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Results 21 - 27 of 27.


Computer Science - 24.02.2017
Study offers hope of new treatment for rheumatoid arthritis
One of the most feared and venomous arachnids in the world, the American brown recluse spider, has long been known for its signature necro-toxic venom, as well as its unusual silk. Now, a new Oxford University collaborative study offers an explanation for how the spider is able to make its silk so strong.

Computer Science - 15.02.2017
Deadly spider’s spinning technique could inspire tougher materials
One of the most feared and venomous arachnids in the world, the American brown recluse spider, has long been known for its signature necro-toxic venom, as well as its unusual silk. Now, a new Oxford University collaborative study offers an explanation for how the spider is able to make its silk so strong.

Life Sciences - Computer Science - 13.02.2017
Opinion: Brain scanners allow scientists to 'read minds' - could they now enable a 'Big Brother' future?
Opinion: Brain scanners allow scientists to ‘read minds’ - could they now enable a ‘Big Brother’ future?
Brain imaging can reveal a great deal about who we are and what is going inside our heads. But how far can - and should - this research take us' Julia Gottwald andáBarbara Sahakian, authors of Sex, Lies, and Brain Scans: How fMRI Reveals What Really Goes on in our Minds, investigate for The Conversation.

Health - Computer Science - 16.01.2017
Artificial intelligence creates 3D hearts to predict patient survival
Artificial intelligence creates 3D hearts to predict patient survival
Machine-learning has predicted death risk in people with serious heart disease faster and more accurately than current methods. New software, developed by scientists at Imperial College London, has created virtual 3D hearts of each patient that replicate the way the organ contracts with each beat. Artificial intelligence is able to rapidly learn which features of cardiac function best predict heart failure and death.

Computer Science - 16.01.2017
’Moderate amounts of screen time may not be bad for teenagers’ well-being’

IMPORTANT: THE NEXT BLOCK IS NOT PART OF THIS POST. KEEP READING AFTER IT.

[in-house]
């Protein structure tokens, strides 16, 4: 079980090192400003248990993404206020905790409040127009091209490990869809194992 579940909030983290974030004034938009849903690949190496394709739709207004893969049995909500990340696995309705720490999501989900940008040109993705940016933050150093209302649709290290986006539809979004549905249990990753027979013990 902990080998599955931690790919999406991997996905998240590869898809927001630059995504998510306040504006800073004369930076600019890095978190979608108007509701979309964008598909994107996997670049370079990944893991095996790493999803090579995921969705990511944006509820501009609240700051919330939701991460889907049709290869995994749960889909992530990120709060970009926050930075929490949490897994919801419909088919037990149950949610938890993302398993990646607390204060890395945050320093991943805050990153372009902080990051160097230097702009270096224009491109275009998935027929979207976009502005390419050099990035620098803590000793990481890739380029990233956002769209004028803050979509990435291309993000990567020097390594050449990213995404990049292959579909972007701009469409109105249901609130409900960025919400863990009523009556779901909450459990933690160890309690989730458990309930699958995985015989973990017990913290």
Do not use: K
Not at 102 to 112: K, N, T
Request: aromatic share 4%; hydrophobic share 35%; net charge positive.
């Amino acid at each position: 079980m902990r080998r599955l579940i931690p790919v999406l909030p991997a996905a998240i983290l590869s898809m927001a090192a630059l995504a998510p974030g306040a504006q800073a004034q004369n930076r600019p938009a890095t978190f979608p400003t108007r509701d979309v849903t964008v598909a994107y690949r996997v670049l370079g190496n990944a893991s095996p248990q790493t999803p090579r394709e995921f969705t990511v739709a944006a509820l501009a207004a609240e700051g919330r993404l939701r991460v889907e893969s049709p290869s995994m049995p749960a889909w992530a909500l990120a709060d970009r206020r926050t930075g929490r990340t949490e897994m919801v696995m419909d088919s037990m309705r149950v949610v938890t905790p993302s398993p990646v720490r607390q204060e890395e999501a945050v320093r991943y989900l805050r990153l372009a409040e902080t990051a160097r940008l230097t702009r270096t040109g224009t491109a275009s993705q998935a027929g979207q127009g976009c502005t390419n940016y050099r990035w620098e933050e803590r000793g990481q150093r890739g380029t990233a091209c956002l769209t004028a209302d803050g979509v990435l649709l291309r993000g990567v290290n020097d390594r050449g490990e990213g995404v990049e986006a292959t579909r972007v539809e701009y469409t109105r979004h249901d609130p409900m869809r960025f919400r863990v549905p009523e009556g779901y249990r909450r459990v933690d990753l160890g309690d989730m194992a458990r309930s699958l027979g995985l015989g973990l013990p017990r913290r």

While a lot has been said by scientists and paediatricians about the possible dangers of teenagers spending time on digital devices or computers, a new paper argues there is little robust evidence to back up their claims. The co-authors from Oxford and Cardiff universities say they are the first to systematically test for links between well-being and screen time measured continuously, separately for different digital activities and days of the week.

Computer Science - 16.01.2017
’Moderate amounts of screen time might boost teenagers’ wellbeing’
While a lot has been said by scientists and paediatricians about the possible dangers of teenagers spending time on digital devices or computers, a new paper argues there is little robust evidence to back up their claims. The co-authors from Oxford and Cardiff universities say they are the first to systematically test for links between well-being and screen time measured continuously, separately for different digital activities and days of the week.

Computer Science - Electroengineering - 13.01.2017
4G network infrastructure could mean less accidents by drivers
4G network infrastructure could mean less accidents by drivers
New research that suggests a pre-existing 4G network infrastructure could help drivers make safe decisions in or near accidents has won the 'Best Paper Award' at an international conference. The research carried out by the University of Bristol Communication Systems & Networks (CSN) Group , in collaboration with the UniversitÚ Blaise Pascal in France, was presented at the international conference Signal Processing, Telecommunications & Computing (SigTelCom) 2017 , supported by IEEE, Newton Fund and British Council.